Patriot Act Section 215 gets a quiet reprieve

Don’t feel bad if you missed it. Some allege that that was the idea. Late last year, Congress quietly extended Section 215 of the Patriot Act by burying it in the Further Continuing Appropriations Act of 2020 “Most famously,” reported Harvard Law School’s Jolt Digest,

… Section 215 authorizes the bulk collection of telephony metadata, or call detail records (“CDRs”). These CDRs contain the time, duration, and participating numbers in a telephone call, but do not include information regarding the content of the call. Originally, after the passage of the PATRIOT Act, the NSA could store these CDRs and search them as needed.

For today’s TBT, here’s what I wrote about Section 215 in January 2015, when it was last up for renewal.

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Canaries and the Patriot Act: It’s time to let Section 215 expire


It was once common practice never to descend into a coal mine without a canary. Canaries are more sensitive than humans to methane and carbon monoxide, which are odorless, colorless, and deadly. If the canary expired, it meant you needed to hightail it out of the mine before you expired, too.

The practice ended early in the 20th century. But now, in passive-aggressive response to Section 215 of the Patriot Act, a namesake practice known as a “warrant canary” has arisen.

Section 215 lets the FBI make any person or entity fork over on demand pretty much anything—printed matter, computer files, data, online search histories, phone records, purchases, reading habits, underwear, you-name-it. The FBI can exercise this privilege without having to show grounds or probable cause.

Moreover, if you’re issued an order under Section 215, it is illegal for you to say so.

Still, it wasn’t long before a few astute, rebellious souls noticed that Section 215 neglected to make it illegal to say that you haven’t been issued an FBI order. Suddenly statements began appearing like this one, from Apple’s 2013 Transparency report:

“Apple has never received an order under Section 215 of the USA Patriot Act. We would expect to challenge such an order if served on us.”

That statement is a warrant canary. The idea is that if the statement changes or disappears, we might reasonably infer that the warrant canary has died—that is, that an order has been issued. That is why not a few people were concerned when one year later Apple changed the statement to this:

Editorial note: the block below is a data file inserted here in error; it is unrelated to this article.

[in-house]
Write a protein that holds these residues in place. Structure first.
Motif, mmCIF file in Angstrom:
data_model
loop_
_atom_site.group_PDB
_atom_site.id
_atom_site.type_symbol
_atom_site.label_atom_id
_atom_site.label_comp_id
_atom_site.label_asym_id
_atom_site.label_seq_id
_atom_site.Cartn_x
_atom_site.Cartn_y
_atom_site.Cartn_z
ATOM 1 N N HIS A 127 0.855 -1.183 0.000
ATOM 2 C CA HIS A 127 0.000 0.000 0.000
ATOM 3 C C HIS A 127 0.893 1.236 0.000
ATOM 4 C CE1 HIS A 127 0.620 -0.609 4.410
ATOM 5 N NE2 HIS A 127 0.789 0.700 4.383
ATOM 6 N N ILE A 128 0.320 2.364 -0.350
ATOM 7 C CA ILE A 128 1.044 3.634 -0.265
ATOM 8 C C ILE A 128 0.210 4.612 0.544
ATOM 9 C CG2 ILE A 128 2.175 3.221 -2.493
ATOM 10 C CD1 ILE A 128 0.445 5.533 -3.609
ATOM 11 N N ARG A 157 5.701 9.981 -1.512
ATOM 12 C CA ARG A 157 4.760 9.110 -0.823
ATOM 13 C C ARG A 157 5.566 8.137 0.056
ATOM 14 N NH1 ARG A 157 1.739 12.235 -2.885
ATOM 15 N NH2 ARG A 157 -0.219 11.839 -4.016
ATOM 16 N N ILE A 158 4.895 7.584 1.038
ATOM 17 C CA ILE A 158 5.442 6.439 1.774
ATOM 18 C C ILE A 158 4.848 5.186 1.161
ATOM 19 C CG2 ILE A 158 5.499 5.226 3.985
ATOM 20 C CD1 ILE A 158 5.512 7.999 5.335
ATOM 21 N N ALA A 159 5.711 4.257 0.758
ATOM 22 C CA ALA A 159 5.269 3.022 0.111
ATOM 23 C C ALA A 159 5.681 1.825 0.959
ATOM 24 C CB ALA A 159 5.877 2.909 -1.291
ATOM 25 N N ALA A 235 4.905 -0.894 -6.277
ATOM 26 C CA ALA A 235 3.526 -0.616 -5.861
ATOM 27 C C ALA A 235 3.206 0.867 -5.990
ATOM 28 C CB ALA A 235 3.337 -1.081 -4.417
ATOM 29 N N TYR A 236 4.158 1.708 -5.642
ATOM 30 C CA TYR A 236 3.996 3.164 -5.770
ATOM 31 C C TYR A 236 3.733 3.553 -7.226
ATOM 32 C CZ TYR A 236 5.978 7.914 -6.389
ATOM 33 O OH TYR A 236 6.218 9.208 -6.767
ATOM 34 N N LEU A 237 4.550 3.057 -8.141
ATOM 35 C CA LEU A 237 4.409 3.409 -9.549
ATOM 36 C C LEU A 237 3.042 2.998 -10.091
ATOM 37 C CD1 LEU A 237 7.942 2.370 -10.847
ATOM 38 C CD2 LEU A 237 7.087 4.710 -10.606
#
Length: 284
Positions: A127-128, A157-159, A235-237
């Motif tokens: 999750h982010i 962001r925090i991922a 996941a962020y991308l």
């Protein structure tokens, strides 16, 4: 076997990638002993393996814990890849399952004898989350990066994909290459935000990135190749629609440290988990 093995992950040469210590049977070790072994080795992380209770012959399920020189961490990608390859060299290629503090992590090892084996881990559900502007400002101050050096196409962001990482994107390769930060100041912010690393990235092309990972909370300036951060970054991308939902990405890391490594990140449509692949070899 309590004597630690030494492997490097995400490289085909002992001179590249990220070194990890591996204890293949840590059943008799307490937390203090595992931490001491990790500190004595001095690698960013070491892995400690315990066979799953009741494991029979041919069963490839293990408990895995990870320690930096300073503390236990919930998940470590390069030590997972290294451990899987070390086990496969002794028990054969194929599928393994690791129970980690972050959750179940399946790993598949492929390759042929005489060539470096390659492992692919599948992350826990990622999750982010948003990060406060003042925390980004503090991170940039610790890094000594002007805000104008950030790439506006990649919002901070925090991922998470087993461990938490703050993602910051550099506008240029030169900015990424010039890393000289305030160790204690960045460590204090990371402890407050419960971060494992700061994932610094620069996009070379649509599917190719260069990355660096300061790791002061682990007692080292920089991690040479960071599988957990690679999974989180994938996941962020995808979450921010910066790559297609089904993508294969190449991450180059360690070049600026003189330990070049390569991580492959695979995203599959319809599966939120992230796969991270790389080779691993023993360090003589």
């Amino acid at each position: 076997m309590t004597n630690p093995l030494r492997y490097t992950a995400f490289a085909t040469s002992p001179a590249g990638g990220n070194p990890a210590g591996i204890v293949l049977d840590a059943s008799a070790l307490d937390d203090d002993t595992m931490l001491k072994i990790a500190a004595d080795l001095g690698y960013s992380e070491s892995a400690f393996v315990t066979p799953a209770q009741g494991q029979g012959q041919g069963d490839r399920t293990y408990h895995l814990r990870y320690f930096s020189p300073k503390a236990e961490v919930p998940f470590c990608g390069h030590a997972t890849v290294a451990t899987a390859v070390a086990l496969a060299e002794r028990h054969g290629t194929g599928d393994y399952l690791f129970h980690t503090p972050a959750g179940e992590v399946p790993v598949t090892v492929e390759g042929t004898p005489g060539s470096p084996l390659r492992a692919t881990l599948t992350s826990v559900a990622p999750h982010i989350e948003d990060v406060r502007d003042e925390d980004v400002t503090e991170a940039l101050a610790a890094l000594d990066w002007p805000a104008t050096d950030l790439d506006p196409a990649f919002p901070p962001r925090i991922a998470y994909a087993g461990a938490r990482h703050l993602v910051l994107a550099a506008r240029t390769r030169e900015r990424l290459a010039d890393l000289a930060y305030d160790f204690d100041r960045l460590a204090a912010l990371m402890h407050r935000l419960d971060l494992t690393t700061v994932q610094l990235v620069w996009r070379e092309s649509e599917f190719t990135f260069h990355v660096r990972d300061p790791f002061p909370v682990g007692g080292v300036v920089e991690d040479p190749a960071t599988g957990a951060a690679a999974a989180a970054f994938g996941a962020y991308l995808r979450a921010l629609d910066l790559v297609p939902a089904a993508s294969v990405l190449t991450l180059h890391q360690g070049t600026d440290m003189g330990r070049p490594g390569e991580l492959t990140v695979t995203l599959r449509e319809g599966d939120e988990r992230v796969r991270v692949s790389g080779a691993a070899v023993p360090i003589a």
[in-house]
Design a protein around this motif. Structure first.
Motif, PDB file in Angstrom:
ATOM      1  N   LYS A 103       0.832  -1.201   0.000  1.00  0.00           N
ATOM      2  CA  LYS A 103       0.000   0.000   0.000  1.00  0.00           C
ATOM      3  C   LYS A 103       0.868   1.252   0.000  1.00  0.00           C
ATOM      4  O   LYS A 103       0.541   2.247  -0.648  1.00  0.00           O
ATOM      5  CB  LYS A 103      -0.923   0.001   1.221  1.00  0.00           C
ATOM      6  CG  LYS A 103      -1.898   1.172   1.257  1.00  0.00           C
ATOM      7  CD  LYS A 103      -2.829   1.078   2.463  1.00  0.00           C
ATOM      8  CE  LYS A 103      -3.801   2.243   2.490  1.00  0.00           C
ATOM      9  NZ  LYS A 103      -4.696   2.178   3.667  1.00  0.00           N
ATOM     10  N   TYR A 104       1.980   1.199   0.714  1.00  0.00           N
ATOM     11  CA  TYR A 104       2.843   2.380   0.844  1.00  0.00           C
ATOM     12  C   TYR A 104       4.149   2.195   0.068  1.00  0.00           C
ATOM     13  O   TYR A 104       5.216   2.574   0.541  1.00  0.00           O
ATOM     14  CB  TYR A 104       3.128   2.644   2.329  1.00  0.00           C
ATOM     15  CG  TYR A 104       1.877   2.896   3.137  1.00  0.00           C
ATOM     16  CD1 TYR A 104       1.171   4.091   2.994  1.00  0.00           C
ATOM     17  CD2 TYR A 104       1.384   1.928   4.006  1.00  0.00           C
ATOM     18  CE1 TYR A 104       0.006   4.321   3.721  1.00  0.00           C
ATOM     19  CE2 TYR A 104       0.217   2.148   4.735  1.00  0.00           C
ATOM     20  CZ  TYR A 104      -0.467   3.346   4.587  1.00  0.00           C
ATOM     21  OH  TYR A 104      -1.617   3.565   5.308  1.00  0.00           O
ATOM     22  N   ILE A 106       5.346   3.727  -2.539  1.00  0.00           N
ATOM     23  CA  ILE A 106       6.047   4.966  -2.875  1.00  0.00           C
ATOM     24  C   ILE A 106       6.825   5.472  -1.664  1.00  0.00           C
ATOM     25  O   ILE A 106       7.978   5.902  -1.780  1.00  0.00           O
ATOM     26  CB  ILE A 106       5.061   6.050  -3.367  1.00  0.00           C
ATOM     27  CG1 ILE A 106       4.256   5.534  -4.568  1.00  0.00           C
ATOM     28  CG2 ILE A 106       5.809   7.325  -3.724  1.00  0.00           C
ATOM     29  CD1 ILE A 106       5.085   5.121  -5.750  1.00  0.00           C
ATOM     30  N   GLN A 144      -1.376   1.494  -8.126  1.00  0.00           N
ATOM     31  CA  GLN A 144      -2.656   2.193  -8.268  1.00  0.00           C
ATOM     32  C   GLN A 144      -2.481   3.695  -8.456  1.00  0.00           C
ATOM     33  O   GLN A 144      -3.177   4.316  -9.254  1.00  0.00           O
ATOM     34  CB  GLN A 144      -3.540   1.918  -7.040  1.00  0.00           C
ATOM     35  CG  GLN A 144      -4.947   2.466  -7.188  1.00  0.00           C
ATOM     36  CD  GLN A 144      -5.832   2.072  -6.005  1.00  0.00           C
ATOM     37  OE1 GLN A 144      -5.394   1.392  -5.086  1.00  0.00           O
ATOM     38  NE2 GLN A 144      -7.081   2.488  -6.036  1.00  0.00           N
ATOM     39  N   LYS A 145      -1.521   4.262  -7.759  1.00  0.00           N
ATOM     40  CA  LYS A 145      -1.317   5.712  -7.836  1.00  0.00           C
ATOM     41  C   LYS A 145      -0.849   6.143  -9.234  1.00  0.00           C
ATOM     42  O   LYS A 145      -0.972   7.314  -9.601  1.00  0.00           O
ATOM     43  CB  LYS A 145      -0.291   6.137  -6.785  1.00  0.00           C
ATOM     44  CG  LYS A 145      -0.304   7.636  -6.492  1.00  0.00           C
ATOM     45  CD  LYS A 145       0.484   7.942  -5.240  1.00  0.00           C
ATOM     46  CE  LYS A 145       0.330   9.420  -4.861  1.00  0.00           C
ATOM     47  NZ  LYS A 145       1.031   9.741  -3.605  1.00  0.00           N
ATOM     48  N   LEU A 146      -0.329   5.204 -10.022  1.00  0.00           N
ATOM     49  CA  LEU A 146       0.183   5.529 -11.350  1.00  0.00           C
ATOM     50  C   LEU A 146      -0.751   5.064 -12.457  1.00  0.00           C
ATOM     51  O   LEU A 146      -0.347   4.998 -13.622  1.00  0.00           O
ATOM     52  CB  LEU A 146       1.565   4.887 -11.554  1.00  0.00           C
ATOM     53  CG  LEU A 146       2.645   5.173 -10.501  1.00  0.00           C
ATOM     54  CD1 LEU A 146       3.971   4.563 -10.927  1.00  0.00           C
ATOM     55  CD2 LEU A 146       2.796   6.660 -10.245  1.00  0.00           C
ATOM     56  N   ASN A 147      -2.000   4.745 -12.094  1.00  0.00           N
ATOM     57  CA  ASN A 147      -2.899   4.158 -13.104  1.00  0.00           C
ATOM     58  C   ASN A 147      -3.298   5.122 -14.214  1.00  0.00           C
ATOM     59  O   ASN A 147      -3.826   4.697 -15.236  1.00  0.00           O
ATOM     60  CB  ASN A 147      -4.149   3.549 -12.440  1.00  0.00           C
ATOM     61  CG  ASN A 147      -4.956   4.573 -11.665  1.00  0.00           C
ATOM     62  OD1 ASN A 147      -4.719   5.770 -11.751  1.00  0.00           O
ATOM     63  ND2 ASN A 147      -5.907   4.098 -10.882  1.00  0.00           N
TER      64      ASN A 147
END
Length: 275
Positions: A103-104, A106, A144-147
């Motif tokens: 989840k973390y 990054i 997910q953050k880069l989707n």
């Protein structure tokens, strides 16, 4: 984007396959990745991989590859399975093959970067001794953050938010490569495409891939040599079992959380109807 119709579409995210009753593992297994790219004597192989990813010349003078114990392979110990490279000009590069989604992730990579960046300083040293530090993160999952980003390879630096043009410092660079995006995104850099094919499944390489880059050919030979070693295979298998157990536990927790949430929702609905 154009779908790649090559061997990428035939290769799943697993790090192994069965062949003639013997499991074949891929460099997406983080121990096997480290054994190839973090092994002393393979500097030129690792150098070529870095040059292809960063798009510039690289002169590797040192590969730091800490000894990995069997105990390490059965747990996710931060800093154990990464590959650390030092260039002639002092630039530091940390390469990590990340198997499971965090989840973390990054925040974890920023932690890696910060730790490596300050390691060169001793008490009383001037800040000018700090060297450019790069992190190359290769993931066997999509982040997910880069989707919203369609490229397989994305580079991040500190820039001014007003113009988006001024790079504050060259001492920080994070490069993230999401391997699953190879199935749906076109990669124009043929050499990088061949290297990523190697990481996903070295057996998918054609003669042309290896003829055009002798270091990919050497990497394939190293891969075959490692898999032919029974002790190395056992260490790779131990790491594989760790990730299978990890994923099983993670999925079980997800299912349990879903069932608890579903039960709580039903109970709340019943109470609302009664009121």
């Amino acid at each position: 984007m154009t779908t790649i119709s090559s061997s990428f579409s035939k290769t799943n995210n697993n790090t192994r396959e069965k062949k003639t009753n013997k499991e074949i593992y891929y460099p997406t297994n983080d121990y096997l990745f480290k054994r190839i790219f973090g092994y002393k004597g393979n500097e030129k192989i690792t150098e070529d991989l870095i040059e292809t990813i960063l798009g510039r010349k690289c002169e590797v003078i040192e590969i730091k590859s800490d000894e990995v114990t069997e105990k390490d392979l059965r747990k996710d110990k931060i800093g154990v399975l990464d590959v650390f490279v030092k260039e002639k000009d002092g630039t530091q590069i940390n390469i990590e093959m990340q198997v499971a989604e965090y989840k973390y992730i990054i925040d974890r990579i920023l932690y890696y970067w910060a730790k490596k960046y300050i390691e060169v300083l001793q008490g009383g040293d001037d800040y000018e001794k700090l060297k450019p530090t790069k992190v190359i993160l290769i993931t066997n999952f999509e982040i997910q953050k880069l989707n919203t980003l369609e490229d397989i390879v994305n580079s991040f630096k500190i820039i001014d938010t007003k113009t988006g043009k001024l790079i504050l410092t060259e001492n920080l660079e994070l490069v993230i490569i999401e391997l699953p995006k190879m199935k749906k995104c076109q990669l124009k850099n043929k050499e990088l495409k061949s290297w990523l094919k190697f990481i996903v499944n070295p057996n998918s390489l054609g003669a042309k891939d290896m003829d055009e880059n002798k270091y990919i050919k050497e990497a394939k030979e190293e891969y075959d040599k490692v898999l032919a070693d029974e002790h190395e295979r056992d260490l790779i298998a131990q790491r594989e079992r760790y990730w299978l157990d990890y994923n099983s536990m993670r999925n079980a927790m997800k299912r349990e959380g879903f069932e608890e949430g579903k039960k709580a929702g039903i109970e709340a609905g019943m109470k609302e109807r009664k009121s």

“To date, Apple has not received any orders for bulk data.”

The qualifier “bulk” may portend a deceased canary in the form of Apple’s having received orders for specific data.

The FBI, it seems, is not a fan of loopholes. Nor does having named the loophole in question after a sweet, colorful finch appear to have appeased them. As I write, the FBI is pursuing legal action to disallow warrant canaries. Not just Apple, but the likes of Twitter, Google, others, and of course the ACLU, are opposing the FBI on this one.

I bring it up at this time for two reasons. First is that the issue has been heating up of late. Second, Section 215 of the Patriot Act is due to expire on June 1 of this year.

I hope that our elected leaders will stay their hands and let Section 215 pass into oblivion. I am no lawyer, and call me a rebel if you must, but I think that Section 215 rather flies in the face of the spirit of the Fourth Amendment:

The right of the people to be secure in their persons, houses, papers, and effects, against unreasonable searches and seizures, shall not be violated, and no warrants shall issue, but upon probable cause, supported by oath or affirmation, and particularly describing the place to be searched, and the persons or things to be seized.

Or, to put it even more succinctly: Without cause and due process, government officials cannot barge into your personal place and dig around willy-nilly just to see what they find.

Watch for this issue to escalate as June 1 draws nearer. Until then, let’s hope that the ACLU, Apple, et al can continue to—I can’t resist saying it—give Section 215 the bird.


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